Mailboxes to Search section

Here, we can define if we are going to search specific mailboxes or all mailboxes of the organization (Figure 06). By default, the option Search specific mailboxes or the mailboxes of member of distribution groups is selected however, there is no Mailbox or Distribution Groups listed, so we have to add the mailboxes that we want to search for or Distribution Groups where the members of that specific mailbox will be part of the query.

In case we need a global search just select the option Search all mailboxes.


Figure 06: Defining the mailboxes that will be part of the Search Request

Section Search name, Type and Storage Location

In this section we have to define the name of our current Search. In this initial search we are going to use Case 001 – Project XYZ Search and then we can define if we want to estimate the search results (default option) or we can use the option to Copy to a destination mailbox (Discovery Mailbox). We are going to use that in a bit!

Finally, we can check the option Send me an e-mail when the search is done. This way we don’t need to keep an eye on the task in the Exchange Control Panel.


Figure 07: Defining the Search Name and the results

Now we can click Save to start our first Multi-Mailbox Search request however. We saw that we can estimate the results to have an idea of what we are looking for, but we also have the option to copy the results to a destination mailbox which are called Discovery Mailboxes.

Validating the default Discovery Search Mailbox

In the initial article we went over a brief description about the Multi-Mailbox Search feature and we stated that Discovery Mailboxes are the repository for the discovered data. In the previous steps of this article series we were able to see where we can use a Discovery Mailbox and now we are going over the default Discovery Mailbox. Later on, we see how we can manage additional Discovery Mailboxes.

First of all, let’s see the properties of the existent Discovery Mailbox created during the Exchange Server 2010 deployment which is called Discovery Search Mailbox. The first thing that we notice is the different icon and all Discovery Mailbox share the same icon. Also, they are by default hidden from the exchange address list (Figure 08).


Figure 08: Discovery Search Mailbox properties using Exchange Management Console

The Discovery Mailbox has a limit of 50GB enforced at mailbox level which can be increased if it is required. If we use the estimate option in the Search we can predict the size of the data. This can help the administrator to increase the size of the Discovery Mailbox. The Discovery Mailbox is secure by default where the mailbox cannot receive e-mails and the Active Directory user associated to it is disabled as well.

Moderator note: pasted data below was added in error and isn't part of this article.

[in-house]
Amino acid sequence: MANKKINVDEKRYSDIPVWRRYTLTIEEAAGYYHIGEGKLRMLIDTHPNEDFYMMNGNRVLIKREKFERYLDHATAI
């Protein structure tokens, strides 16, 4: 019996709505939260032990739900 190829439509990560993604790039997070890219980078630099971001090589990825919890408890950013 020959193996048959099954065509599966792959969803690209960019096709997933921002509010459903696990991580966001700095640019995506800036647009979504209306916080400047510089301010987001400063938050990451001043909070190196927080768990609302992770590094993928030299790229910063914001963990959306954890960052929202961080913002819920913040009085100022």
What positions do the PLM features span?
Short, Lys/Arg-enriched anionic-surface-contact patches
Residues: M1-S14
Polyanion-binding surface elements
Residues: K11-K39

Another good example that Discovery Mailboxes are not regular mailboxes is that we cannot even get the properties of the Message Delivery Restriction as shown in Figure 09.


Figure 09: Discovery Search mailbox mail flow Settings tab

If we look at the Full Access permissions of the default Discovery Mailbox (Figure 10) we will notice that the only group that has access to it is the Discovery Management. This is the reason why when we click on [open] after a Search is complete, we can open the mailbox without any issues. We will be using this in our next article.


Figure 10: Full Access Permissions wizard of Discovery Search Mailbox

Conclusion

In this second article of our series we validated all building blocks to create our first Multi-Mailbox Search Request and we have validated the initial Discovery Search Mailbox which is created during the installation process. Now that we have the basics, in the next article we can perform our first search exercise. 

If you would like to read the other parts in this article series please go to:

 

Leave a Comment

Your email address will not be published.

This site is protected by reCAPTCHA and the Google Privacy Policy and Terms of Service apply.

Scroll to Top